The full-of-emotion storyline of this novel successfully attracts so many readers. It also had been turned into a play at Theatre Contemporary in Moscow and Theatre Tovstonogov Bolshoi in Saint Petersburg. The audience of this book is in a very wide range now that it has been translated into French, Italia, and English language. The Time of Women is definitely on the list of famous Russian books written by female writers for women.
2. Requiem by Anna Akhmatova
Anna Akhmatova wrote Requiem, an elegy about how miserable life was during the Great Purge. She started it in 1935, did the editing over and over again, and finally finished it in 1961.
Requiem consists of three sections, the introduction, the second section, and the third/last section. In the introduction, Akhmatova told the story about how she and many women stood in front of Leningrad Prison, waited for 17 months to see their sons, brothers, husbands, and fathers, the beloved ones who had been separated from them by the Soviet Union secret police.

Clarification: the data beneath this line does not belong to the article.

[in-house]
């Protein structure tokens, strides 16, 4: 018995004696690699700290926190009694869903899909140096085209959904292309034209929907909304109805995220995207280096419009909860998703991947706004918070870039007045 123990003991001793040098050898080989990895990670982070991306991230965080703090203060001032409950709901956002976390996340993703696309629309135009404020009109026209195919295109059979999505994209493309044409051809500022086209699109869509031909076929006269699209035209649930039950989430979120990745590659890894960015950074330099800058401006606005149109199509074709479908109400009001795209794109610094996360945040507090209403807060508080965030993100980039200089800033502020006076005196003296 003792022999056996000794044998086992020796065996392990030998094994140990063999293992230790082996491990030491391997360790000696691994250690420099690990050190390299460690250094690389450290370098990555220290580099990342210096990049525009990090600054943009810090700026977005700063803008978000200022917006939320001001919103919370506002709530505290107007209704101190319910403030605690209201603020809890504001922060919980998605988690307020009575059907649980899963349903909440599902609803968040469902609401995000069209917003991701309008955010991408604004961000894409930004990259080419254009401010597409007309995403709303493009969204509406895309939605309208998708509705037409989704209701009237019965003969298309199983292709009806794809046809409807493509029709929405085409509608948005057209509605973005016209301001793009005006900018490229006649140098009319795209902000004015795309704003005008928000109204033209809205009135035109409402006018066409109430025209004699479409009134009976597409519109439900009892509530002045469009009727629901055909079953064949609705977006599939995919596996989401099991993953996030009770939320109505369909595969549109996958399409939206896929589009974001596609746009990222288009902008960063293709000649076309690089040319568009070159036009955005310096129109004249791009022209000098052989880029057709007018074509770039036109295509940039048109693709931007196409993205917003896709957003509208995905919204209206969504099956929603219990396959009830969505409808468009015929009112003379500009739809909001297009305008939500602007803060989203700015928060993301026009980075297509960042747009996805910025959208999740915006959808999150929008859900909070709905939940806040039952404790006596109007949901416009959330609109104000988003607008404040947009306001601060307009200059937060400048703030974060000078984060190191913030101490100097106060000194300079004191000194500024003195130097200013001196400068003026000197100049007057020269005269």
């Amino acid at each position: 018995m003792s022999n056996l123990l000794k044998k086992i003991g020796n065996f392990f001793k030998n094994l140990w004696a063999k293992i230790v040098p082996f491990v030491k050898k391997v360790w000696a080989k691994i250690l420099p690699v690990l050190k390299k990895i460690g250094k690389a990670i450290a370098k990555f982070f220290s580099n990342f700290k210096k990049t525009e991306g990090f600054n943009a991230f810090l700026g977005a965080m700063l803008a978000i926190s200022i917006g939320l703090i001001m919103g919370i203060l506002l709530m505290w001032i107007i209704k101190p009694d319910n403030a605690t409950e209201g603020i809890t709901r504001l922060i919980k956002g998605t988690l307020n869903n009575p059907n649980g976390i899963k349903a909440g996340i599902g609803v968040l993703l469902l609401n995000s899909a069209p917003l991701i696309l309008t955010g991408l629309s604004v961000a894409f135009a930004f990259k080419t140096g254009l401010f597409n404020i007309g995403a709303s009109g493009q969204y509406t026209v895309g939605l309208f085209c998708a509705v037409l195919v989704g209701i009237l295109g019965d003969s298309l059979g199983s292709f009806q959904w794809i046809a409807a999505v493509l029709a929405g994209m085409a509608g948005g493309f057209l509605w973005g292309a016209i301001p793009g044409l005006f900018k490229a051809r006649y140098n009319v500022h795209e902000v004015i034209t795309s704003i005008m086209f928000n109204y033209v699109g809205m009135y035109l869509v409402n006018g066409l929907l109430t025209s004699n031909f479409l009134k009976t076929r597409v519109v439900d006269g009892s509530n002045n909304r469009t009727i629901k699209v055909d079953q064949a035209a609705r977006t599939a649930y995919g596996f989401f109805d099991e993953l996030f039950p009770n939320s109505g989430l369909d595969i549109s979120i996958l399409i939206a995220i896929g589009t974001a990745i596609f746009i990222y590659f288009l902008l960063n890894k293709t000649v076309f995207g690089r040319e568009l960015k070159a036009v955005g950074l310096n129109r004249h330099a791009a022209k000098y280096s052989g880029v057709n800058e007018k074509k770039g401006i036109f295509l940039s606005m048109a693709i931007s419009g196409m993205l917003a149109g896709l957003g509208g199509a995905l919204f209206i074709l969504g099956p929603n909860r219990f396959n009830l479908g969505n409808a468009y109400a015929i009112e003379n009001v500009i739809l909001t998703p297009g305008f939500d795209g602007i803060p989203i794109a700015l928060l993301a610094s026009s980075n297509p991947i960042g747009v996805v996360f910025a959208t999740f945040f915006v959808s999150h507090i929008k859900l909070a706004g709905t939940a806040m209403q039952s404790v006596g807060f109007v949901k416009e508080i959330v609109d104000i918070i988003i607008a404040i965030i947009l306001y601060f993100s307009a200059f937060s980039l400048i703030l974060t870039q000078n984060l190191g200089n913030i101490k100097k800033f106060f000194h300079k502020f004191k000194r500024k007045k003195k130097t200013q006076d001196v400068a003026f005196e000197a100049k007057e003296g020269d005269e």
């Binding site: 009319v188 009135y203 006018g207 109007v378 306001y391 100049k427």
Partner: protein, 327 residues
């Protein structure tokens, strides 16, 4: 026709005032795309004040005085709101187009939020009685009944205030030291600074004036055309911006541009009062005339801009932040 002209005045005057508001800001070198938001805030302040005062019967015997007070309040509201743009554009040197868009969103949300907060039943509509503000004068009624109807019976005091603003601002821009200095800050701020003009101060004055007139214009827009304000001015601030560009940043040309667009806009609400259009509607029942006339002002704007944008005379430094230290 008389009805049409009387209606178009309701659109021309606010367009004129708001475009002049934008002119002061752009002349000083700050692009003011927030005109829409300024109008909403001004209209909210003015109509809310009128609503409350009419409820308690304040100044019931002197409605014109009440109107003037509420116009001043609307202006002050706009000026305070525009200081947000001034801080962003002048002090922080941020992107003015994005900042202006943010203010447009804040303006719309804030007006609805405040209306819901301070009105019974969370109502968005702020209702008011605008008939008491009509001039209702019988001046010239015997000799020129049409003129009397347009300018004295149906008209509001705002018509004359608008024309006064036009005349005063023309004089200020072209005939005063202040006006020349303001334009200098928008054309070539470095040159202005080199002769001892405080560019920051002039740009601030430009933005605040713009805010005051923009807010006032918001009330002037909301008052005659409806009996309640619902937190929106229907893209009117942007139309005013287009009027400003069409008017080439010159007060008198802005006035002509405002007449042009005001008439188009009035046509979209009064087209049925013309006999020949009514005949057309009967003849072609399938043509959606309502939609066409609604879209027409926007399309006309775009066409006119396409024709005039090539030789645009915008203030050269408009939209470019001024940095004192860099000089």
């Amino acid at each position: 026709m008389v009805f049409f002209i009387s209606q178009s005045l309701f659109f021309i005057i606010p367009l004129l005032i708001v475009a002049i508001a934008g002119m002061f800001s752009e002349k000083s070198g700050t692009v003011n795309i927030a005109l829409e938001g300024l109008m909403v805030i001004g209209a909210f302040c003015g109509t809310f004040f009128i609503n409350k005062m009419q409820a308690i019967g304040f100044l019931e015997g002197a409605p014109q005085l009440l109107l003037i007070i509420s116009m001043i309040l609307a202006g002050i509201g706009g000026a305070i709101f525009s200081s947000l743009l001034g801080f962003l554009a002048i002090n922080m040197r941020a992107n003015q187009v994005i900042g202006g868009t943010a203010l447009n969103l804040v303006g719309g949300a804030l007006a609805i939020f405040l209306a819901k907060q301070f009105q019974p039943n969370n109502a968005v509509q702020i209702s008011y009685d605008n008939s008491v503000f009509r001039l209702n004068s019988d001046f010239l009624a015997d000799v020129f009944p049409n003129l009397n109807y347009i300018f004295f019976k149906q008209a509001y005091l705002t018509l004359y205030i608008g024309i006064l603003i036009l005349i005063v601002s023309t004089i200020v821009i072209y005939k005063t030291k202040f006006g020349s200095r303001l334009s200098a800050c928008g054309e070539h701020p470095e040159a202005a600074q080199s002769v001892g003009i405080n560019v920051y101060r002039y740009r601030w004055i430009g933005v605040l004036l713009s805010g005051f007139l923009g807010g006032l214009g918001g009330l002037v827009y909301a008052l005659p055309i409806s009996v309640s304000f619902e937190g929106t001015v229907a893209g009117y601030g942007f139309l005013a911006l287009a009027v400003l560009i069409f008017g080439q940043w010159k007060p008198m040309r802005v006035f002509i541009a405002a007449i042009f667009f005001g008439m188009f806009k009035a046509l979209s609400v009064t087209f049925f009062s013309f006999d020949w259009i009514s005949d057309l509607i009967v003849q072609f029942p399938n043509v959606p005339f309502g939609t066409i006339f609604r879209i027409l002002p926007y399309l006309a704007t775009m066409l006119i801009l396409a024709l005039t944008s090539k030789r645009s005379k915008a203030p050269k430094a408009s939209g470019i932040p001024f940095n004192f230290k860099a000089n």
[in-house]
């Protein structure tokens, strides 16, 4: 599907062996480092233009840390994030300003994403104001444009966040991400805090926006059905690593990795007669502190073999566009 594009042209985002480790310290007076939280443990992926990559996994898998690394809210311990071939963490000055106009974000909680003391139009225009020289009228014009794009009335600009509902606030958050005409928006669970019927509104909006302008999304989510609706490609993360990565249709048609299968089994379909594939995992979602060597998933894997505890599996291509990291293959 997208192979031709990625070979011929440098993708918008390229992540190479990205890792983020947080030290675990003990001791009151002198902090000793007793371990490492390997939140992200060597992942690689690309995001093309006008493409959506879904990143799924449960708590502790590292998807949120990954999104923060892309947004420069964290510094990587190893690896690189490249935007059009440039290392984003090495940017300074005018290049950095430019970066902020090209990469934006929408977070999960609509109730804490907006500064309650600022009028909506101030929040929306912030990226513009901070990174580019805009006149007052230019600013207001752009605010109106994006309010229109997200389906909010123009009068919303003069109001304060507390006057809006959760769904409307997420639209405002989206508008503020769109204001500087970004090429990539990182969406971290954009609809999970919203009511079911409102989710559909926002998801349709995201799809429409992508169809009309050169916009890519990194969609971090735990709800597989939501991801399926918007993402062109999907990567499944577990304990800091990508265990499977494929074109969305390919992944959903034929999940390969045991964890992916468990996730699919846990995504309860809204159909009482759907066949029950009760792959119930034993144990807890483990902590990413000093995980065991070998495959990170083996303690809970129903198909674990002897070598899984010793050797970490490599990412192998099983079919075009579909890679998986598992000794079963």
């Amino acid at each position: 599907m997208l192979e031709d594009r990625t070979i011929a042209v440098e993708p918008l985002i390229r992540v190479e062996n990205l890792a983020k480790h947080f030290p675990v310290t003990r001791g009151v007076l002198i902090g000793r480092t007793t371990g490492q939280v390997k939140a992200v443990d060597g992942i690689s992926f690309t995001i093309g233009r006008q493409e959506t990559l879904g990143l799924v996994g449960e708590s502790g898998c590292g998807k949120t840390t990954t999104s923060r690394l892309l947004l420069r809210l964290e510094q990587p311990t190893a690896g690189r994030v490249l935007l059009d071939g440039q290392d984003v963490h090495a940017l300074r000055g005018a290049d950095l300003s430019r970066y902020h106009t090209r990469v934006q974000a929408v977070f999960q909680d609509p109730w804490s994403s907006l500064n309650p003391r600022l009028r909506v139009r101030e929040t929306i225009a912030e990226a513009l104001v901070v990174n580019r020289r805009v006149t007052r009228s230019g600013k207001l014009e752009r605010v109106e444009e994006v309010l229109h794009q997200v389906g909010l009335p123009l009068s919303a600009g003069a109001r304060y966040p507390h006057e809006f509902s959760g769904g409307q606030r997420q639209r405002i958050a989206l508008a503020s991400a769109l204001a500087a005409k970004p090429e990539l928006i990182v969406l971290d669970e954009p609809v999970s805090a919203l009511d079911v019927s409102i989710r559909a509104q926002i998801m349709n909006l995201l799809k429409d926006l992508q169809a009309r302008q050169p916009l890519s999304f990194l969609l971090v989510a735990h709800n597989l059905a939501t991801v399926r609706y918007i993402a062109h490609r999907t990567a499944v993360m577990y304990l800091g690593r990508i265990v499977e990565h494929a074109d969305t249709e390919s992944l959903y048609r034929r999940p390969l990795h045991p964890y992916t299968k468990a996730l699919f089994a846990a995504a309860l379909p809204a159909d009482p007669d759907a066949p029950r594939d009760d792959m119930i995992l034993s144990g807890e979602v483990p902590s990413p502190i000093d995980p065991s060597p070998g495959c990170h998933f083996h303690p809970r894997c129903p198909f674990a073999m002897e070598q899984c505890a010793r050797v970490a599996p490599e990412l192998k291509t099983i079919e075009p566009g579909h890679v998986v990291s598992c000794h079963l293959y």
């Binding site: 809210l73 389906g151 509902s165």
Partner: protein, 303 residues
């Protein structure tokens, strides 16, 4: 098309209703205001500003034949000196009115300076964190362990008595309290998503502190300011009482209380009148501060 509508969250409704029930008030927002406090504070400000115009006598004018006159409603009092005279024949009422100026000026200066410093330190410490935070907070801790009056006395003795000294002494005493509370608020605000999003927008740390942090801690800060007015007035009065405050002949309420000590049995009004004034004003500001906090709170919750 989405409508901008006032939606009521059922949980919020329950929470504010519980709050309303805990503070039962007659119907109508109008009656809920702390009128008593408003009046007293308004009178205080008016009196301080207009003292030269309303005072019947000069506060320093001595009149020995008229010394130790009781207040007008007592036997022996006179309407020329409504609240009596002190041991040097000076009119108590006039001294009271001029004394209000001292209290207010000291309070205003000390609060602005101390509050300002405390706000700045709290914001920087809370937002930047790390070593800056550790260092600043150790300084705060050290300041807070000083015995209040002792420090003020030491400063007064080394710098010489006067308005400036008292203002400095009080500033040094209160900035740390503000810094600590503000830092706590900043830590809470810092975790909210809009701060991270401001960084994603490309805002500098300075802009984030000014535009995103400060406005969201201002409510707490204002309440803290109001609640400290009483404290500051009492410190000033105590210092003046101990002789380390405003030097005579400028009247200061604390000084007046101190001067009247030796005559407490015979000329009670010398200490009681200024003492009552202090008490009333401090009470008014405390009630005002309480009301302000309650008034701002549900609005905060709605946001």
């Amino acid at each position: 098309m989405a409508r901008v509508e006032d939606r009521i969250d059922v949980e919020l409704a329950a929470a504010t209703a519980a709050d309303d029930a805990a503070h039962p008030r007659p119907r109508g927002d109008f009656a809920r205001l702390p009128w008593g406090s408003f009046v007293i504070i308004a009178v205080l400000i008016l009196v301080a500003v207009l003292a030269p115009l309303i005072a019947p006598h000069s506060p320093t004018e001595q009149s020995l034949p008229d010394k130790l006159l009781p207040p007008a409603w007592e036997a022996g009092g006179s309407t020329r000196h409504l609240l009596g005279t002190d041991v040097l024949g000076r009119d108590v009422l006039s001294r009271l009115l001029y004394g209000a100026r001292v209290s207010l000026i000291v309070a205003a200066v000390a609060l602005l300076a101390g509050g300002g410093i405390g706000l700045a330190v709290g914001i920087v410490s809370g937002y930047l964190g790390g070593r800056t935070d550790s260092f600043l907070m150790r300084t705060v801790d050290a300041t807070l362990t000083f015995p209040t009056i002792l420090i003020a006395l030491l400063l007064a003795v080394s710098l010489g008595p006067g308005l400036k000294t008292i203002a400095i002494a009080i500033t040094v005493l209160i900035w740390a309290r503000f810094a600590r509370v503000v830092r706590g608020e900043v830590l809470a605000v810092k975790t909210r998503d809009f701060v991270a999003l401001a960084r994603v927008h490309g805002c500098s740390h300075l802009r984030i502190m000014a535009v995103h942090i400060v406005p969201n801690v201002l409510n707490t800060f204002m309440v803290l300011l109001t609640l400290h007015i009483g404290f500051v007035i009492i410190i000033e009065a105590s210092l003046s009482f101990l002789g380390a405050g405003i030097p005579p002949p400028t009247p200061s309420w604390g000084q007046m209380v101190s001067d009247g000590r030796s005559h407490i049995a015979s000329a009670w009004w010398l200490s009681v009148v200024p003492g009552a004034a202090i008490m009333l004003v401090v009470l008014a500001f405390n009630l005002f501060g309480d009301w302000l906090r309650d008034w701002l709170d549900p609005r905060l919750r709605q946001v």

After the introduction section, the second section, which consists of ten short poems, were started with Akhmatova writing about his husband, Nikolay Punin, and some of their close friend, who were taken away from her for the second time. Nikolay Punin was famous for protecting many masterpieces of western artists from being destroyed by the Soviet communist. He then died in jail. Her grief continued when her son, Lev Gumilev, was taken by the Soviet Union Committee for State Security in 1938. She poured down her agony about losing her son in the rest of the nine poems.